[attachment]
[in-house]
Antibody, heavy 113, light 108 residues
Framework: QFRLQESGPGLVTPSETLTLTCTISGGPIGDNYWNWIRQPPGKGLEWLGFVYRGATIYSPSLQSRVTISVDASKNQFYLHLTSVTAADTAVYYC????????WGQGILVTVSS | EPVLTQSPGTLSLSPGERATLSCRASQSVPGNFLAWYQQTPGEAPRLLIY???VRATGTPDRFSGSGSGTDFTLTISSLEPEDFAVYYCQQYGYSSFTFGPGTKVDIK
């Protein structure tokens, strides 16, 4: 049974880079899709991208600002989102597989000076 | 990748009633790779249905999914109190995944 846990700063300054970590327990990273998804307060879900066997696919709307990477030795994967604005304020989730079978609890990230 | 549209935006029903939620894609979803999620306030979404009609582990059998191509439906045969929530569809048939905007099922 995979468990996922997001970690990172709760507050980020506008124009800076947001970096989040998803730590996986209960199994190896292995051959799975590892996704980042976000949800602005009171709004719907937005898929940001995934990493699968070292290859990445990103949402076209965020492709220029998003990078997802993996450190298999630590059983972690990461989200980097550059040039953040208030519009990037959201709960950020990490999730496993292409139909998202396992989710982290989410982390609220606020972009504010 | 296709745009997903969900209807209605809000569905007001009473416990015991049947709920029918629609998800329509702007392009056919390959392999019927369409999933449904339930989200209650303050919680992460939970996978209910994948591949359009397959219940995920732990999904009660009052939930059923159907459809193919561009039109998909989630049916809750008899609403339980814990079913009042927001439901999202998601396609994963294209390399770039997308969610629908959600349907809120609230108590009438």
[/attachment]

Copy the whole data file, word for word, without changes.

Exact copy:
[in-house]
Antibody, heavy 113, light 108 residues
Framework: QFRLQESGPGLVTPSETLTLTCTISGGPIGDNYWNWIRQPPGKGLEWLGFVYRGATIYSPSLQSRVTISVDASKNQFYLHLTSVTAADTAVYYC????????WGQGILVTVSS | EPVLTQSPGTLSLSPGERATLSCRASQSVPGNFLAWYQQTPGEAPRLLIY???VRATGTPDRFSGSGSGTDFTLTISSLEPEDFAVYYCQQYGYSSFTFGPGTKVDIK
């Protein structure tokens, strides 16, 4: 049974880079899709991208600002989102597989000076 | 990748009633790779249905999914109190995944 846990700063300054970590327990990273998804307060879900066997696919709307990477030795994967604005304020989730079978609890990230 | 549209935006029903939620894609979803999620306030979404009609582990059998191509439906045969929530569809048939905007099922 995979468990996922997001970690990172709760507050980020506008124009800076947001970096989040998803730590996986209960199994190896292995051959799975590892996704980042976000949800602005009171709004719907937005898929940001995934990493699968070292290859990445990103949402076209965020492709220029998003990078997802993996450190298999630590059983972690990461989200980097550059040039953040208030519009990037959201709960950020990490999730496993292409139909998202396992989710982290989410982390609220606020972009504010 | 296709745009997903969900209807209605809000569905007001009473416990015991049947709920029918629609998800329509702007392009056919390959392999019927369409999933449904339930989200209650303050919680992460939970996978209910994948591949359009397959219940995920732990999904009660009052939930059923159907459809193919561009039109998909989630049916809750008899609403339980814990079913009042927001439901999202998601396609994963294209390399770039997308969610629908959600349907809120609230108590009438």